- Standard of Business
- Producing Real Value
- The Harming of Others
- Directed Passion and Hard Work
- The Handshake
- Misdirection and Deception
- Partnerships of Trust
- Amorality of Money
- Money: A Means, Not an End
- The Great Liege Lord: Greed
- Human Relationships, Not Numbers
- Losing with Honor
- The Trap of Zero-Sum Thinking
- Align or Die!
- Creating Shared Stakeholder Value
- Capitalism: The Powers of Good and Evil
- Guarding Growth
In the Middle Ages, feudalistic monarchies controlled Europe, especially the lands held by England and France. In this oft romanticized time period, society was very hierarchical. The lands were divided up into massive estates controlled by a lord. Under him, vassals worked the land, often in a servitude that bordered on near-slavery, though not all lived in this condition.
In the case were formal relationships were established between the feudal lord and his vassals, they could be roughly categorized into two different categories, both enacted with an oath:
- homage – Often reciprocated with an investiture (a symbolic title and/or position with or without lands), this oath represented reverence and submission to the lord. As it signified who one would follow into battle, it could be pledged to only one lord, who was then known as one’s liege lord.
- fealty – A weaker oath similar to homage. However, this could be pledged to multiple lords.
If one were not currently a vassal, one could become so through this process. By pledging oneself in this manner, one entered into the service of the feudal lord.
Though there are some who might argue otherwise, the last remenants of European-based feudalism ended in 2008. However, while this mediaval practice has, for the most parts, died out of the world of governmental systems in most parts of the world, I see it still lives on in other respects.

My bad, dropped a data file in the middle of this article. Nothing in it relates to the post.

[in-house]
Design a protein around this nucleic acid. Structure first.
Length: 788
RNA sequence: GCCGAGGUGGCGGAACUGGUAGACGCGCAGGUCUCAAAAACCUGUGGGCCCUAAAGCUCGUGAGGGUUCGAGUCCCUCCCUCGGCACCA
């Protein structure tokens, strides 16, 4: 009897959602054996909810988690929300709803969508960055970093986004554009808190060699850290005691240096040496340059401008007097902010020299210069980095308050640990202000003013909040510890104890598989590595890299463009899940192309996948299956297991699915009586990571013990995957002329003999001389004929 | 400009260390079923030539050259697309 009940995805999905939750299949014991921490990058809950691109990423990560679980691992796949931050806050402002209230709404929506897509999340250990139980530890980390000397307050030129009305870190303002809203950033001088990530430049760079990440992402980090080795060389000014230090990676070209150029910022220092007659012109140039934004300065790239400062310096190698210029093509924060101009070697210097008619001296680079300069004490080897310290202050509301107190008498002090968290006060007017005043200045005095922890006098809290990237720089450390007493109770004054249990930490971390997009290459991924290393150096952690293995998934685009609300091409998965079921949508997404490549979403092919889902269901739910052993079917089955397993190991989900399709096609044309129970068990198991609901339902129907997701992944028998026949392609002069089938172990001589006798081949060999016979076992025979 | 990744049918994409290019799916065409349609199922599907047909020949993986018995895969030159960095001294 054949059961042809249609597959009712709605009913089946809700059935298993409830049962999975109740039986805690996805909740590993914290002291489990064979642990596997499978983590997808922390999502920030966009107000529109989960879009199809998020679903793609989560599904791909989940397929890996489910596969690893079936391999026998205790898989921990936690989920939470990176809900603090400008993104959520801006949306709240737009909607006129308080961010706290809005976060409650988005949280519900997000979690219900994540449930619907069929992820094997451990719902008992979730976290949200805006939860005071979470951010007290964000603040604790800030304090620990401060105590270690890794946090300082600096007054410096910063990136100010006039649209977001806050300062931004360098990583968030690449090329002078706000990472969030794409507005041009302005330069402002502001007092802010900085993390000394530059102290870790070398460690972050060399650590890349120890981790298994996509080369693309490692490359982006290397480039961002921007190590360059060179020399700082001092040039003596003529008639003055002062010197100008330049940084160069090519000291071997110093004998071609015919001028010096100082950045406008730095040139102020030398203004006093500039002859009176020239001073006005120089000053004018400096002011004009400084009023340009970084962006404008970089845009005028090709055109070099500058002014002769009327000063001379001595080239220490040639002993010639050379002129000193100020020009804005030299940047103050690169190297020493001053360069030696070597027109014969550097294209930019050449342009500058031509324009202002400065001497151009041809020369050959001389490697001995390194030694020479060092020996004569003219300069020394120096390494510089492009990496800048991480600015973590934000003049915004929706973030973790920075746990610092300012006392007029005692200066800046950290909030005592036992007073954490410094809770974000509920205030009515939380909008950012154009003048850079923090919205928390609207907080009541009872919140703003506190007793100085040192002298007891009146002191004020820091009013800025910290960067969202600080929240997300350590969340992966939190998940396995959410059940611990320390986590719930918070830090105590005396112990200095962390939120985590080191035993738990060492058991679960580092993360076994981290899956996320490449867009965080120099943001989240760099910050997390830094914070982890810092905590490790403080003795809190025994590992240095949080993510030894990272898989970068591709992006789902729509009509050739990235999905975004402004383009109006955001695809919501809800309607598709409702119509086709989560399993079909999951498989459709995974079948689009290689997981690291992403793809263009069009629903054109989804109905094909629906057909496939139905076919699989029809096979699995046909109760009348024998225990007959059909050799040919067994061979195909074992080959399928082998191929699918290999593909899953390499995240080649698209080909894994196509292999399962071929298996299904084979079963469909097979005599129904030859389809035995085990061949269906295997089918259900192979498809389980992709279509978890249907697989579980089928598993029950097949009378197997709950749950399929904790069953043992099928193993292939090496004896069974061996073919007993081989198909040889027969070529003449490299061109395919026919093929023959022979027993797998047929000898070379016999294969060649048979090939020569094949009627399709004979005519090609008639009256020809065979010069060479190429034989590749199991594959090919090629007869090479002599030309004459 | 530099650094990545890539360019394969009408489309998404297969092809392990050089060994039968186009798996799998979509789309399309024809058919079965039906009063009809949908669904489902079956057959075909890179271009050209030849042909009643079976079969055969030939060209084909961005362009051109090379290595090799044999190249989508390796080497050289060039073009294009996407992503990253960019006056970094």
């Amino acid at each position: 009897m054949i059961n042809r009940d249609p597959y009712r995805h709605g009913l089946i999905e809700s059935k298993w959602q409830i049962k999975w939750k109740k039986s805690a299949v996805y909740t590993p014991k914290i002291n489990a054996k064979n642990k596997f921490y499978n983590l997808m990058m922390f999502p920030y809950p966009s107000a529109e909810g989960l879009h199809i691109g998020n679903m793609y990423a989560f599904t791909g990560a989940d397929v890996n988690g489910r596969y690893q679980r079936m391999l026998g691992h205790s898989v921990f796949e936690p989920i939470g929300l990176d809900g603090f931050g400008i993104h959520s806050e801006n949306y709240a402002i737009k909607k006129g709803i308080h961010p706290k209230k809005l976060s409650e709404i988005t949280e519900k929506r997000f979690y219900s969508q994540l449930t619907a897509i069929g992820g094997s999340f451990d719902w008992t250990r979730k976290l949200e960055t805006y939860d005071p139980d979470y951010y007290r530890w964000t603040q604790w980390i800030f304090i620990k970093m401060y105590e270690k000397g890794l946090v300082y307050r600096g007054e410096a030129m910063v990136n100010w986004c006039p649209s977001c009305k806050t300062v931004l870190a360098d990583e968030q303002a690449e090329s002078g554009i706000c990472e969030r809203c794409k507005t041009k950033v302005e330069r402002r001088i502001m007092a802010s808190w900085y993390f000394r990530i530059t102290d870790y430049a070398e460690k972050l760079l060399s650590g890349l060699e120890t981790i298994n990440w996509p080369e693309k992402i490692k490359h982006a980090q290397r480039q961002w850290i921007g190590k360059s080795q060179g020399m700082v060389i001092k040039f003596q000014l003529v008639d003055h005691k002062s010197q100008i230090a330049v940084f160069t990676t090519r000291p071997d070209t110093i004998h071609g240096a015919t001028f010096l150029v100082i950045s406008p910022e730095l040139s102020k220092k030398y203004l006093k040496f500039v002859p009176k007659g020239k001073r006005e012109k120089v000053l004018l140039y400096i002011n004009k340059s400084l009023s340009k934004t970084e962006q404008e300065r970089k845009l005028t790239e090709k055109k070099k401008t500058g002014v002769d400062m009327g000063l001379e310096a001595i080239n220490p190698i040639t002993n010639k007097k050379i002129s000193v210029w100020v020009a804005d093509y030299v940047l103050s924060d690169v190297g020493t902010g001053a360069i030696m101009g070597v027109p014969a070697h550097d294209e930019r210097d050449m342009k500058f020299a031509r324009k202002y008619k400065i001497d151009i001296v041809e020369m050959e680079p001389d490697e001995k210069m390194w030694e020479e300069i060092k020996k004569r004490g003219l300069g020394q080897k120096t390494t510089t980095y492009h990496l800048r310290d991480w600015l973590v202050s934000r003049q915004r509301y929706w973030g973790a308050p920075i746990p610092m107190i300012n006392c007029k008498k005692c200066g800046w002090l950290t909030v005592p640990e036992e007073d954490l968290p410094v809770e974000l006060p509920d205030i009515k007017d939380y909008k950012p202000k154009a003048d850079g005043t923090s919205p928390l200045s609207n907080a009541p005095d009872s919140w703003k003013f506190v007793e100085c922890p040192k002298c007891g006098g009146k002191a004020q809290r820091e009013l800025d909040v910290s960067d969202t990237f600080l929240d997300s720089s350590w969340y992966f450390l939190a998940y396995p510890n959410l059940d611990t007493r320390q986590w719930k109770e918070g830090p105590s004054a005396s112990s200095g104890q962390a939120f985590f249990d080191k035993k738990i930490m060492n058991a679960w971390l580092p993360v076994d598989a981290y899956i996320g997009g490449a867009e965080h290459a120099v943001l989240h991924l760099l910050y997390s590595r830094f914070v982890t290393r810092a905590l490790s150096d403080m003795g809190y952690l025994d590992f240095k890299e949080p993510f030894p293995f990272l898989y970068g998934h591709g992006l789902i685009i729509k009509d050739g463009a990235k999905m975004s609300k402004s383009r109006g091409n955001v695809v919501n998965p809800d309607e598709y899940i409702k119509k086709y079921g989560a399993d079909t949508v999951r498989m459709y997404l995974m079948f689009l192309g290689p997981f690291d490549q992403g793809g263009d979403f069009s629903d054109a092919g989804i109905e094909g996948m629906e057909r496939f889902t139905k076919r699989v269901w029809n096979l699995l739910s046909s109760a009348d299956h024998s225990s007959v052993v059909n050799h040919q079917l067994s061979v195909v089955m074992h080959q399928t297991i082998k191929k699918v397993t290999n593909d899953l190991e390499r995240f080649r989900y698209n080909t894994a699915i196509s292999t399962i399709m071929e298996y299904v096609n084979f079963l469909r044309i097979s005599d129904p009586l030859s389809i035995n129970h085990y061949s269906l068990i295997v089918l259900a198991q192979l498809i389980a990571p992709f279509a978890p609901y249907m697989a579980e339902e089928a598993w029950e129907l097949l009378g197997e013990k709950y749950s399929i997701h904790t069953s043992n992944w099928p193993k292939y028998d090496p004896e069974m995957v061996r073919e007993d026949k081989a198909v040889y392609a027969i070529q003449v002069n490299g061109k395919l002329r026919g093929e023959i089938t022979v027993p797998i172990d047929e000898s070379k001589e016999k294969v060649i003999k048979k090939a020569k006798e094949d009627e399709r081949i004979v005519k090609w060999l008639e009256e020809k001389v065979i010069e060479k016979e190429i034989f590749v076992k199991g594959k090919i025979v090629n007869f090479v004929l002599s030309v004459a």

It seems we as humans will go and seek out new masters, often unconsciously, to guide us in our actions. One of the great masters of the age of today is greed. Driven on by our own insecurities and the constant pressure from a society based on hyper-consumerism, many of us embark in the unending and unendable quest for more.
Money never made a man happy yet, nor will it. There is nothing in its nature to produce happiness. The more a man has, the more he wants. Instead of its filling a vacuum, it makes one. If it satisfies one want, it doubles and trebles that want another way. That was a true proverb of the wise man, rely upon it: “Better is little with the fear of the Lord, than great treasure, and trouble therewith.”
~ Benjamin Franklin
I believe there are many of us, knowing that paying homage to greed is an intrinsically bad thing, instead assuage our fears and misgivings by pledging fealty instead. They believe they can pledge loyalty and fealty to many masters.
However, in the end, it’s impossible to serve two masters, as there will come a time where a choice will be presented that precludes making both happy. One will be forced to choose their true liege lord.
Greed has the uncanny ability to take a fealty relationship, change it to a homage relationship, change that into a servitude and then take that and change it to slavery through small and subtle mean. For us, this could be through the accumulation of debt or engaging in destructive competition (Note: not all competition is bad, but we shouldn’t be out attempting to harm others in our pursuits).
To possess money is very well; it may be a most valuable servant; to be possessed by it, is to be possessed by a devil, and one of the meanest and worst kind of devils.
~ Tryon Edwards
So, what are we to do?
First and foremost, we must recognize our situation. We can then make changes and take a stand. For me, I have decided to not serve greed. Greed is neither my liege lord nor my master. I neither to it pledge fealty nor am its slave..
It also helps for us to take proactive steps to counter greed and its related ilk in our own lives.
There are many ways to do this, and I’m not going to try and provide an overview of all the approaches in this article. Instead, let me share a recent TED talk by Mattheiu Ricard, a Buddhist monk, author and photographer, wherein he discusses altruism—a great foil to greed.
As he said in his talk, “any tool can be used to build or destroy.” I believe this applies to our actions more than anything else.
Let us throw off the shackles of greed, and find ways to benefit society, as well as ourselves.
Let us be kind.
Let us be empathetic
Let us be altruistic.
Let us be great.